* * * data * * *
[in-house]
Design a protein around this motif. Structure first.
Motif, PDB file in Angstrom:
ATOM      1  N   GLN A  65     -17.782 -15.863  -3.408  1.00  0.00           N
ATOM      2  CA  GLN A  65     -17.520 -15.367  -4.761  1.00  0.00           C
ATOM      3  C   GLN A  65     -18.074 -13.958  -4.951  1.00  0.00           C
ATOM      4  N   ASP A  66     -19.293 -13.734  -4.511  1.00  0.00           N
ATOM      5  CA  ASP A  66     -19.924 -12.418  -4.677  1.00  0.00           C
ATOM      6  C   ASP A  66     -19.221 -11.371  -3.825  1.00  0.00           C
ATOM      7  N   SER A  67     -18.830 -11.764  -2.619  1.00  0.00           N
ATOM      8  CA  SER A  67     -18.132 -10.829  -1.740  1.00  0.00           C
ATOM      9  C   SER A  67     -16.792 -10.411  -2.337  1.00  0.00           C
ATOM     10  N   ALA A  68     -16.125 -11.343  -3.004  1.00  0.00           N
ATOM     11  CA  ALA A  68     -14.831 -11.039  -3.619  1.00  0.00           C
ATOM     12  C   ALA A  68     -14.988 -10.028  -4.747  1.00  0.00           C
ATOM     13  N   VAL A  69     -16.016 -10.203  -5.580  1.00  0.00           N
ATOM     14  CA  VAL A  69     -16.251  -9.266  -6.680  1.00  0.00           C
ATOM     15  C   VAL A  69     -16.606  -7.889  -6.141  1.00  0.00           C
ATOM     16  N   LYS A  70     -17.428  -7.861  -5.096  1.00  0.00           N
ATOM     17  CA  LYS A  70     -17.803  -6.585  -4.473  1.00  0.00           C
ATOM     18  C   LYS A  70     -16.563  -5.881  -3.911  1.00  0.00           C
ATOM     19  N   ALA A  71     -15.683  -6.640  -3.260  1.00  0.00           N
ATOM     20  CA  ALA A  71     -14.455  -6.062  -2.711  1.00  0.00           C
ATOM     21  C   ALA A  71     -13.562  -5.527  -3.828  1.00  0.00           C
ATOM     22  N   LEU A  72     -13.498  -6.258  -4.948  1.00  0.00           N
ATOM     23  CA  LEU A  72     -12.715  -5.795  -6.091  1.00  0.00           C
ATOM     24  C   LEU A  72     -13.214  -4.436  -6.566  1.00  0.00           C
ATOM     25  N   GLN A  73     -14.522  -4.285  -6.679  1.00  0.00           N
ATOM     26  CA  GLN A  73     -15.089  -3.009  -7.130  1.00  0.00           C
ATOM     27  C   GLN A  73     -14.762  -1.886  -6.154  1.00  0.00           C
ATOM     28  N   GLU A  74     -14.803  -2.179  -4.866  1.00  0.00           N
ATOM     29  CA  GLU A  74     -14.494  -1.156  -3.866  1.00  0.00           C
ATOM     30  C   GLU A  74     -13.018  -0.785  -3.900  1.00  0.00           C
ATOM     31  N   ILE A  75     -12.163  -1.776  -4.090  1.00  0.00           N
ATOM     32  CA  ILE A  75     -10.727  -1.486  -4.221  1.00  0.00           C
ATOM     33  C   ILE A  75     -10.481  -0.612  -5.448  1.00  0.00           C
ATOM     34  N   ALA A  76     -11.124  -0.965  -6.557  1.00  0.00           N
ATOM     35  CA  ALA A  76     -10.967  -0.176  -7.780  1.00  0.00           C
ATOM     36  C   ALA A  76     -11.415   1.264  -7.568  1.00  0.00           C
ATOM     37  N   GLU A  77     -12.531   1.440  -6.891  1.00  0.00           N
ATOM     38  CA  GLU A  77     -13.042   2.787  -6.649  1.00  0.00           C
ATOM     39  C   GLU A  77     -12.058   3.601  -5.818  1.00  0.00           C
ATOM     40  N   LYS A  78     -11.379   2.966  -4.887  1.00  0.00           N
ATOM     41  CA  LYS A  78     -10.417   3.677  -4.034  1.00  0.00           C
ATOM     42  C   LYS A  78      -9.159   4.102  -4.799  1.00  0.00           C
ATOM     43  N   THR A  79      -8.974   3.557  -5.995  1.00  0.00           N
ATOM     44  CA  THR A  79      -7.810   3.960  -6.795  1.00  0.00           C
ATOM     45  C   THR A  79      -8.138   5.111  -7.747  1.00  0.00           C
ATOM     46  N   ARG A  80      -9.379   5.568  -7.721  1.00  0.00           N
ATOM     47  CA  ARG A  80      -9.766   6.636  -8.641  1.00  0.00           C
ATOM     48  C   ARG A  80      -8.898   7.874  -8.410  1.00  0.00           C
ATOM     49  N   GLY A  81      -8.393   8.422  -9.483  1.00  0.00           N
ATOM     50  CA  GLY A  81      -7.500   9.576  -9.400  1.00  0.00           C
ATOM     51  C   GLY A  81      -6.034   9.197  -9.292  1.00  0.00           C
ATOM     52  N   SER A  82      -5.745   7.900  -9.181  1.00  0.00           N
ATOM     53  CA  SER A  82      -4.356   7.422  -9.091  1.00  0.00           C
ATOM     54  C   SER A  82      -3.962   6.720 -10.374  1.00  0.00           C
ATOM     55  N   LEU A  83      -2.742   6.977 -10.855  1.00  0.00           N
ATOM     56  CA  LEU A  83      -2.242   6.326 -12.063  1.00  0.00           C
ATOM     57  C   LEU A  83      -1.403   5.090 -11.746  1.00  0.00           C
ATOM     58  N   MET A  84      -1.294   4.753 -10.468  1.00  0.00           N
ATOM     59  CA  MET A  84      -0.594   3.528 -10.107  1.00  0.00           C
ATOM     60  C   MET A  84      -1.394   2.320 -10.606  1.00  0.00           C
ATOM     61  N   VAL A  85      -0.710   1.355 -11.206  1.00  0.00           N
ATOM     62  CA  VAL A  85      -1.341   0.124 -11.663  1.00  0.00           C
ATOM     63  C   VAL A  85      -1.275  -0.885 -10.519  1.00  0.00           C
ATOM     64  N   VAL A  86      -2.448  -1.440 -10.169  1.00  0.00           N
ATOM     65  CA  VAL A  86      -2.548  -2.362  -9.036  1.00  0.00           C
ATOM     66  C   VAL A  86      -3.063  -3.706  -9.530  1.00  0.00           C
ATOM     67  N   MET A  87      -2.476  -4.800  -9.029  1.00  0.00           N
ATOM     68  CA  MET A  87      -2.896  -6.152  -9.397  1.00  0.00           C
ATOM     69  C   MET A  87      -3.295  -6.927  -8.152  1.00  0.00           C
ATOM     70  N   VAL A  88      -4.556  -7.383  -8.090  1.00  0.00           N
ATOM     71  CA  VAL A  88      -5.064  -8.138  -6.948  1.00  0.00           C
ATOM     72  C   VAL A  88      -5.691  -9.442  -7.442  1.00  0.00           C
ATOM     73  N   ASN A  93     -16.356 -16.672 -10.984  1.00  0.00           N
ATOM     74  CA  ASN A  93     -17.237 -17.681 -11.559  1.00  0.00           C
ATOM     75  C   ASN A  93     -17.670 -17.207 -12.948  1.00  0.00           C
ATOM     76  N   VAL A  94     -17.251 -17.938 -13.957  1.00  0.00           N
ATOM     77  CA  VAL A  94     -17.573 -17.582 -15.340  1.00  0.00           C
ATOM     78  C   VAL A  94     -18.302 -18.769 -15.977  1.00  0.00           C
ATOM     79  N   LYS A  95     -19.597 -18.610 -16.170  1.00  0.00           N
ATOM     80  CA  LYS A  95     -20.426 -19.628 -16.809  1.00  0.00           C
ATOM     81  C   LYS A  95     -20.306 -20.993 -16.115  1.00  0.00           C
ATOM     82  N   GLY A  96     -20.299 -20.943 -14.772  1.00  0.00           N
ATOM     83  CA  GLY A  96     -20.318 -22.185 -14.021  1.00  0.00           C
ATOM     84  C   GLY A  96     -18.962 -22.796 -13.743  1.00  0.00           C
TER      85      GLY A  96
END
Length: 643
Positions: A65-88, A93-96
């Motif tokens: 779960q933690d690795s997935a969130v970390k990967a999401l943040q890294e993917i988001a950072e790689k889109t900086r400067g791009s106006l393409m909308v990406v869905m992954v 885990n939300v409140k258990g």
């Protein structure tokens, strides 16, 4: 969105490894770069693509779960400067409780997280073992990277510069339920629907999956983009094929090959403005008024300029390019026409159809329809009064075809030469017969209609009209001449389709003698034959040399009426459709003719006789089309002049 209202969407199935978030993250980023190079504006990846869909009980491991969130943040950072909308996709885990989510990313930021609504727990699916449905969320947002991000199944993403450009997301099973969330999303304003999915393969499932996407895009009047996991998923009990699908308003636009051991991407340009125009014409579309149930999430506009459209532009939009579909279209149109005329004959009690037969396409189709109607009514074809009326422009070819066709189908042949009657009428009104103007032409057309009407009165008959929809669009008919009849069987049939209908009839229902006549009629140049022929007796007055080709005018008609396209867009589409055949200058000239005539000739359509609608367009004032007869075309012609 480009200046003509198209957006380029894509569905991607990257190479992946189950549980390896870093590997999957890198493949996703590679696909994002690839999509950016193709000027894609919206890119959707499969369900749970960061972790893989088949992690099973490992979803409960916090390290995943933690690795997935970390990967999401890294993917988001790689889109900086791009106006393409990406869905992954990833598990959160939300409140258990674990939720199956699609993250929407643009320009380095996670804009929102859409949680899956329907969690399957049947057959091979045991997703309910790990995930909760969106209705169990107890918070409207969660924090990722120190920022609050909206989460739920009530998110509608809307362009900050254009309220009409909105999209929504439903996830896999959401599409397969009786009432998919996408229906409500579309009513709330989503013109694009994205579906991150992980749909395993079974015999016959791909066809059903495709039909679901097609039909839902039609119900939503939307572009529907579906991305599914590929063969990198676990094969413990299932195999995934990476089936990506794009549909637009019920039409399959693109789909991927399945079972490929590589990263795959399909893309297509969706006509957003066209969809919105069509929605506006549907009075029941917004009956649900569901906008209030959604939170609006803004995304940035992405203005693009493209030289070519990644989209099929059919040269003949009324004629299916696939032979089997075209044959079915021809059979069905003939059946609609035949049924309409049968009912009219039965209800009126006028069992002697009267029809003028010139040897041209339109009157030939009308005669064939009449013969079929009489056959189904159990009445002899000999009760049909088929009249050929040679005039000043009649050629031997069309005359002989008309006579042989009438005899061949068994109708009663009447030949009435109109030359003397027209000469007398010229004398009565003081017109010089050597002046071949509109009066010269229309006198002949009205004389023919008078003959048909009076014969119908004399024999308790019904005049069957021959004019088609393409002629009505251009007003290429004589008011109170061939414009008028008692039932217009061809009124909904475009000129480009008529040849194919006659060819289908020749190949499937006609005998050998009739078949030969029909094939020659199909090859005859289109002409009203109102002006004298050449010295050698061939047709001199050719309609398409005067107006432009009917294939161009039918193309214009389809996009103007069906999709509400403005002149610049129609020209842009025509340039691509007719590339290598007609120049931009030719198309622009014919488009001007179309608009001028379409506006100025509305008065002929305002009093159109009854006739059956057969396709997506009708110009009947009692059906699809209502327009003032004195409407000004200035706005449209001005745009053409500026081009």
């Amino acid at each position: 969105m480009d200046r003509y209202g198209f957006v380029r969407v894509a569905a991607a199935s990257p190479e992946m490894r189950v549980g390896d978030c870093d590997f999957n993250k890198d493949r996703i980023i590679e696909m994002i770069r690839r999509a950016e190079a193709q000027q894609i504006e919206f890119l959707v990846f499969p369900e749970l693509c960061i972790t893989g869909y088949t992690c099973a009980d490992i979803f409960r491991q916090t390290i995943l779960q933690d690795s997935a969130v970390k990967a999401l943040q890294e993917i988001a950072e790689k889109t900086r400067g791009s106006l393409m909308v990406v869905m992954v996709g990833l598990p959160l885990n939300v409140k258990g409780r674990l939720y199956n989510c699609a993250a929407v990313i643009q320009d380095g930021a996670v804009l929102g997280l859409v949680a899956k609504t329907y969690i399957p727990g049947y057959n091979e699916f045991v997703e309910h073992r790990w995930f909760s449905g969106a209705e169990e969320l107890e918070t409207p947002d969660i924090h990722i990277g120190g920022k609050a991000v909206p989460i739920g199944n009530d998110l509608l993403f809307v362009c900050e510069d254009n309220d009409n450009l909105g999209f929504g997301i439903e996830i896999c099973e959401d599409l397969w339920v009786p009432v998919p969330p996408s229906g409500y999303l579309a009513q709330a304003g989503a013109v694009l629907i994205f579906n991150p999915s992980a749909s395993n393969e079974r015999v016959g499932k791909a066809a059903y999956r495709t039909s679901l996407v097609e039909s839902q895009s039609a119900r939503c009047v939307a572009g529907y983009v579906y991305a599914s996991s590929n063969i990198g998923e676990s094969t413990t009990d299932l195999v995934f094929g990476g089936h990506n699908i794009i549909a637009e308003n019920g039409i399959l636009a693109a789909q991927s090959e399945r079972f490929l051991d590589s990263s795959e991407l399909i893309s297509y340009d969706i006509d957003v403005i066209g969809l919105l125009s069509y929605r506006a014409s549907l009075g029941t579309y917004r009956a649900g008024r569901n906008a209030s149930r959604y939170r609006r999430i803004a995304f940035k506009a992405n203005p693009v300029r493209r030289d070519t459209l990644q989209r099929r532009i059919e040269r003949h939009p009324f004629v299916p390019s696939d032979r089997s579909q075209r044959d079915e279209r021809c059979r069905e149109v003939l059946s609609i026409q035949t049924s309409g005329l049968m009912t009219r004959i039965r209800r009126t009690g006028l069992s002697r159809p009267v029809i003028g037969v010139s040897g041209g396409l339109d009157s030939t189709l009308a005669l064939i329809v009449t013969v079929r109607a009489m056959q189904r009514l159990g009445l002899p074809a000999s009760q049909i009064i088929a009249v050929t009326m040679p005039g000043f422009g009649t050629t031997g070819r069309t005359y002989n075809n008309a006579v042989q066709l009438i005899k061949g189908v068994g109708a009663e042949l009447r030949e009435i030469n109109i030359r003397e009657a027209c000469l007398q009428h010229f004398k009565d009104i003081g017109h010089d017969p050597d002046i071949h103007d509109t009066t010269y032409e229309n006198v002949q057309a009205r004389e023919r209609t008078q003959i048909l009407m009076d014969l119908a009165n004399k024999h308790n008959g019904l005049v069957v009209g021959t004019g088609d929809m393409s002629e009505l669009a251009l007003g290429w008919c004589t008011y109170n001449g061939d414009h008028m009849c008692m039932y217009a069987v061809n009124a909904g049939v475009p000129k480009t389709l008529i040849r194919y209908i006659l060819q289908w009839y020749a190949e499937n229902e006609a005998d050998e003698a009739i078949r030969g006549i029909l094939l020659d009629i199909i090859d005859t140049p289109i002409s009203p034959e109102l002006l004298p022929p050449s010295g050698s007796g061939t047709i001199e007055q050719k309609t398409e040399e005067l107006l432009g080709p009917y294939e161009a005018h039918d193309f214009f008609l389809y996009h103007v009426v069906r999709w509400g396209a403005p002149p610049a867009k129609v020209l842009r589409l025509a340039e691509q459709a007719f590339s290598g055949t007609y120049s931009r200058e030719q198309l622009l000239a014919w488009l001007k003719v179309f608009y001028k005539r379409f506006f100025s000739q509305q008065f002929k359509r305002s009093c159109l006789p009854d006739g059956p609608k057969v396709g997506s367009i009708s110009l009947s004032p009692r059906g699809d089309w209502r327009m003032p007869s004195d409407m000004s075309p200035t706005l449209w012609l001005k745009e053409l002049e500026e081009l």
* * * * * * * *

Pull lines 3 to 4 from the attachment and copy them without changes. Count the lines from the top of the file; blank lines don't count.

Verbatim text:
Motif, PDB file in Angstrom:
ATOM      1  N   GLN A  65     -17.782 -15.863  -3.408  1.00  0.00           N